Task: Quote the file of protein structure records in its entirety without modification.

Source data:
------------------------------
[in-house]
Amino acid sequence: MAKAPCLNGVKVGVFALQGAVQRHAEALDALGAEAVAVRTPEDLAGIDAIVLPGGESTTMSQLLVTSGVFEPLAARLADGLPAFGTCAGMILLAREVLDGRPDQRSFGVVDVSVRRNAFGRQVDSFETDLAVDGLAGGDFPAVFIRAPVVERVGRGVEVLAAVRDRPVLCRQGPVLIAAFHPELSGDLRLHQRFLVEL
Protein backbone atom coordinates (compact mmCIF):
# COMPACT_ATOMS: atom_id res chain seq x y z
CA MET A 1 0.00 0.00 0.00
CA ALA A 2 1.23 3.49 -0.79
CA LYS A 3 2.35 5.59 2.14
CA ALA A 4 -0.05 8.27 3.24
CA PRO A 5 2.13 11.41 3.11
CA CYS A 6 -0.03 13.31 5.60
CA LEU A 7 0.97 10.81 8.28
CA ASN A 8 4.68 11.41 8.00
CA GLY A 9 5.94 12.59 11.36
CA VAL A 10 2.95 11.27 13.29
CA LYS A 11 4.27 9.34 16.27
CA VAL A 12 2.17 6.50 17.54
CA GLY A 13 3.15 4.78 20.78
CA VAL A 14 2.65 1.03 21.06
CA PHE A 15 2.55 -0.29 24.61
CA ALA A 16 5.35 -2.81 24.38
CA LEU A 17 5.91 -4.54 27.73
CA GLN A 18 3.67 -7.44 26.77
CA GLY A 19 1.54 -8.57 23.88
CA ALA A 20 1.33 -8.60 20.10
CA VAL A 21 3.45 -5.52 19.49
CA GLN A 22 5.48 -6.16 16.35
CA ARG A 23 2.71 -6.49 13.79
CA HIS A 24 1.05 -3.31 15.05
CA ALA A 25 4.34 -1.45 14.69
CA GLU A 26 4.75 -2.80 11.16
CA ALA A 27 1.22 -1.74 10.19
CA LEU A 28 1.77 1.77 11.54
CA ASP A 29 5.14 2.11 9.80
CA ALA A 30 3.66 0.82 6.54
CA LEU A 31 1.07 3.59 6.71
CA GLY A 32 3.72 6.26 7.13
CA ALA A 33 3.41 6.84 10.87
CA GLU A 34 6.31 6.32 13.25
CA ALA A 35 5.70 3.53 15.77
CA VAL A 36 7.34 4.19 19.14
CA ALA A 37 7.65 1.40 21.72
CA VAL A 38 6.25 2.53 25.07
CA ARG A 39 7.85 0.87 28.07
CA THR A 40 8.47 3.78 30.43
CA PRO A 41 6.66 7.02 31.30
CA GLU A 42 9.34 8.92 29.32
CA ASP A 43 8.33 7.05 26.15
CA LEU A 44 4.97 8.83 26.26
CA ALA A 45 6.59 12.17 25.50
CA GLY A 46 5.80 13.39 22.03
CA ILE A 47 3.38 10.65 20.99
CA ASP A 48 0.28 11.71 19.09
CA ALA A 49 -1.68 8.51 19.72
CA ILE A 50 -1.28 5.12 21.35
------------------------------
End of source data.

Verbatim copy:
[in-house]
Amino acid sequence: MAKAPCLNGVKVGVFALQGAVQRHAEALDALGAEAVAVRTPEDLAGIDAIVLPGGESTTMSQLLVTSGVFEPLAARLADGLPAFGTCAGMILLAREVLDGRPDQRSFGVVDVSVRRNAFGRQVDSFETDLAVDGLAGGDFPAVFIRAPVVERVGRGVEVLAAVRDRPVLCRQGPVLIAAFHPELSGDLRLHQRFLVEL
Protein backbone atom coordinates (compact mmCIF):
# COMPACT_ATOMS: atom_id res chain seq x y z
CA MET A 1 0.00 0.00 0.00
CA ALA A 2 1.23 3.49 -0.79
CA LYS A 3 2.35 5.59 2.14
CA ALA A 4 -0.05 8.27 3.24
CA PRO A 5 2.13 11.41 3.11
CA CYS A 6 -0.03 13.31 5.60
CA LEU A 7 0.97 10.81 8.28
CA ASN A 8 4.68 11.41 8.00
CA GLY A 9 5.94 12.59 11.36
CA VAL A 10 2.95 11.27 13.29
CA LYS A 11 4.27 9.34 16.27
CA VAL A 12 2.17 6.50 17.54
CA GLY A 13 3.15 4.78 20.78
CA VAL A 14 2.65 1.03 21.06
CA PHE A 15 2.55 -0.29 24.61
CA ALA A 16 5.35 -2.81 24.38
CA LEU A 17 5.91 -4.54 27.73
CA GLN A 18 3.67 -7.44 26.77
CA GLY A 19 1.54 -8.57 23.88
CA ALA A 20 1.33 -8.60 20.10
CA VAL A 21 3.45 -5.52 19.49
CA GLN A 22 5.48 -6.16 16.35
CA ARG A 23 2.71 -6.49 13.79
CA HIS A 24 1.05 -3.31 15.05
CA ALA A 25 4.34 -1.45 14.69
CA GLU A 26 4.75 -2.80 11.16
CA ALA A 27 1.22 -1.74 10.19
CA LEU A 28 1.77 1.77 11.54
CA ASP A 29 5.14 2.11 9.80
CA ALA A 30 3.66 0.82 6.54
CA LEU A 31 1.07 3.59 6.71
CA GLY A 32 3.72 6.26 7.13
CA ALA A 33 3.41 6.84 10.87
CA GLU A 34 6.31 6.32 13.25
CA ALA A 35 5.70 3.53 15.77
CA VAL A 36 7.34 4.19 19.14
CA ALA A 37 7.65 1.40 21.72
CA VAL A 38 6.25 2.53 25.07
CA ARG A 39 7.85 0.87 28.07
CA THR A 40 8.47 3.78 30.43
CA PRO A 41 6.66 7.02 31.30
CA GLU A 42 9.34 8.92 29.32
CA ASP A 43 8.33 7.05 26.15
CA LEU A 44 4.97 8.83 26.26
CA ALA A 45 6.59 12.17 25.50
CA GLY A 46 5.80 13.39 22.03
CA ILE A 47 3.38 10.65 20.99
CA ASP A 48 0.28 11.71 19.09
CA ALA A 49 -1.68 8.51 19.72
CA ILE A 50 -1.28 5.12 21.35